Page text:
31.  At night, sound pressure levels at the outside façades of living spaces should not exceed 45 dB LAeq, so that people may sleep with bedroom windows open. This value has been obtained by assuming that the noise reduction from outside to inside with the window partly open is 15 dB and, where noise is continuous, the equivalent sound pressure level should not exceed 30 dB indoors, if negative effects on sleep, such as a reduction in the proportion of REM sleep, are to be avoided.

THE LAW

I.  ALLEGED VIOLATION OF ARTICLE 8 OF THE CONVENTION

32.  The applicant complained that the State had failed to protect her from excessive noise and from being disturbed at night at her home by a bar operating in a part of the house she inhabited. She relied on Article 8 of the Convention which reads as follows:

“1.  Everyone has the right to respect for his private and family life, his home and his correspondence.

2.  There shall be no interference by a public authority with the exercise of this right except such as is in accordance with the law and is necessary in a democratic society in the interests of national security, public safety or the economic well-being of the country, for the prevention of disorder or crime, for the protection of health or morals, or for the protection of the rights and freedoms of others.”

A.  Admissibility

33.  The Government firstly argued that the applicant had failed to exhaust domestic remedies because she had failed to bring a civil action against the owner of the F. bar in order to seek that the noise cease and to seek damages.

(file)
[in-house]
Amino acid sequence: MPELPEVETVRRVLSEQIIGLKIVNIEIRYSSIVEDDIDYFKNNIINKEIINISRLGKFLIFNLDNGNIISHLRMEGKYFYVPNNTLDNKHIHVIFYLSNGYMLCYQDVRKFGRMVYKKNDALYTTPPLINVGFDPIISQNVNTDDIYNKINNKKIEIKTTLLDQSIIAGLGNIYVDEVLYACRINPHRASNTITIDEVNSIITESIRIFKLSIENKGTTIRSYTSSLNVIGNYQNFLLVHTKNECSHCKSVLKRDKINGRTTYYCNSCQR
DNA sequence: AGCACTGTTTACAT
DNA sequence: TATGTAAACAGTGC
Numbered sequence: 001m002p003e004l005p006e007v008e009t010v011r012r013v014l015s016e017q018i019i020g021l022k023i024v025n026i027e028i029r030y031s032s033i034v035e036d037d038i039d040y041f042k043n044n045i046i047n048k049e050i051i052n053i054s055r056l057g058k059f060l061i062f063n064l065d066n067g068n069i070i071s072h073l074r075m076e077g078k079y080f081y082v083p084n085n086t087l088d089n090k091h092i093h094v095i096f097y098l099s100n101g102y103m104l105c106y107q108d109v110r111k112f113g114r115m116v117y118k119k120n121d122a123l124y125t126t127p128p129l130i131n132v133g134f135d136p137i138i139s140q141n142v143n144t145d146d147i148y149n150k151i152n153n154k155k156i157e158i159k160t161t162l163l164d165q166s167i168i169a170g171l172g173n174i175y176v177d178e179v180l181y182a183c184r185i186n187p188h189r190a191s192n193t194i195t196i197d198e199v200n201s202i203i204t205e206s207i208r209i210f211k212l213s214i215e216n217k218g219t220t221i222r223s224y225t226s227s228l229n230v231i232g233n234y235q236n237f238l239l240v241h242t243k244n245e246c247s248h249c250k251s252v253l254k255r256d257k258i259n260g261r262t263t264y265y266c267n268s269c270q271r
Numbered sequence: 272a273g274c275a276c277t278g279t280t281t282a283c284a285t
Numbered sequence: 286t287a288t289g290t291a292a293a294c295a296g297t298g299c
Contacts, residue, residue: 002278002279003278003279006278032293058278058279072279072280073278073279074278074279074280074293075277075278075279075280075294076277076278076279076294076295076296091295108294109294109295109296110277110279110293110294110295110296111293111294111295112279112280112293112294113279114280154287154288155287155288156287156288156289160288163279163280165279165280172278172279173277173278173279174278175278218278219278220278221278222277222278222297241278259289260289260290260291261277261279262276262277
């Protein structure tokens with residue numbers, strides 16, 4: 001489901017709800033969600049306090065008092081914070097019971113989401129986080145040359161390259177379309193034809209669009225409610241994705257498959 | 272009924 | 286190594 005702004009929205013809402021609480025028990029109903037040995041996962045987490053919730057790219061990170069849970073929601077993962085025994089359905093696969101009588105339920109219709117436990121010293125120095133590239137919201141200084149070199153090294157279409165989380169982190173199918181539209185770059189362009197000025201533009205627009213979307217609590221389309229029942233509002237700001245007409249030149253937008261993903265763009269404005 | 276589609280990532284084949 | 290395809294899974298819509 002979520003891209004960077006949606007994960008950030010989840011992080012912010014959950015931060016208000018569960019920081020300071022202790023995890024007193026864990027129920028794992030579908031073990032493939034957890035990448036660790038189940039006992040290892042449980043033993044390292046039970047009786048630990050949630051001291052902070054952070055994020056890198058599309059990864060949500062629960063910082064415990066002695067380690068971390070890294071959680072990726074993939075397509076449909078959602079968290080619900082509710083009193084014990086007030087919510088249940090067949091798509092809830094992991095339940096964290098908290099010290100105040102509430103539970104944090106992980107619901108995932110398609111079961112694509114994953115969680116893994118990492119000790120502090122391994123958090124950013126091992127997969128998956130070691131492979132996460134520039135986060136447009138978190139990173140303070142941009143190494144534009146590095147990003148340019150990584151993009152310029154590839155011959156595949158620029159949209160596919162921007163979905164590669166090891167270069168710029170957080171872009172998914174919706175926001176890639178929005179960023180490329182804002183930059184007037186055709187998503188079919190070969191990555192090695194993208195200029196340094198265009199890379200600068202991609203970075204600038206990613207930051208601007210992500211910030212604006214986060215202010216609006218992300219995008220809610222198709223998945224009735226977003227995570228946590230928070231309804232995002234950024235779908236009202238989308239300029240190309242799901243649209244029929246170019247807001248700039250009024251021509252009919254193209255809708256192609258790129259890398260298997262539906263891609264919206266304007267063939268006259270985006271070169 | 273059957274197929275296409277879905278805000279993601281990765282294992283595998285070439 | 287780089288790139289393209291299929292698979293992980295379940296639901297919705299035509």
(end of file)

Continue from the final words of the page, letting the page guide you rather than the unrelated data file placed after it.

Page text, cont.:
34.  The applicant argued that she had exhausted available remedies in the administrative proceedings and that there had been no reason to lodge a separate civil action.

35.  The Court reiterates that an applicant is required to make normal use of domestic remedies which are effective, sufficient and accessible. It is also noted that, in the event of there being a number of remedies which an individual can pursue, that person is entitled to choose a remedy which addresses his or her essential grievance (see Croke v. Ireland (dec.), no. 33267/96, 15 June 1999). In other words, when a remedy has been pursued, the use of another remedy which has essentially the same objective is not required (see Moreira Barbosa v. Portugal (dec.), no. 65681/01, ECHR 2004-V, and Jeličić v. Bosnia and Herzegovina (dec.), no. 41183/02, 15 November 2005).

36.  As to the present case the Court notes that the applicant indeed had a choice between, on the one hand, a civil action against the owner of the F. bar whereby she could have sought the removal of the source of excessive noise, cease of all further exposure to excessive noise as well as damages in relation to the exposure of her flat to excessive noise and, on the other hand, the administrative remedies before the relevant administrative bodies. The applicant opted for the later. The Court notes that in the administrative proceedings instituted by the applicant she was able to seek the relevant expert measurements to be carried out and that the administrative bodies were empowered to issue decisions ordering the reduction of the noise level. In the Court's view the administrative remedy was hence able to address a situation of the violation alleged by the applicant. Therefore, the applicant was not required at the same time to bring a civil action or to use any other remedy.

37.  It follows that the Government's objection as to the exhaustion of domestic remedies in so far as it concerns the argument that the applicant had failed to bring a civil action against the owner of the bar must be rejected.

38.  Secondly, the Government maintained that the applicant had failed to use all available remedies in the administrative proceedings she had instituted and that some of these proceedings were still pending. In particular, she should have brought an action against unlawful act in court against the administrative authorities which had not carried out their own enforcement order.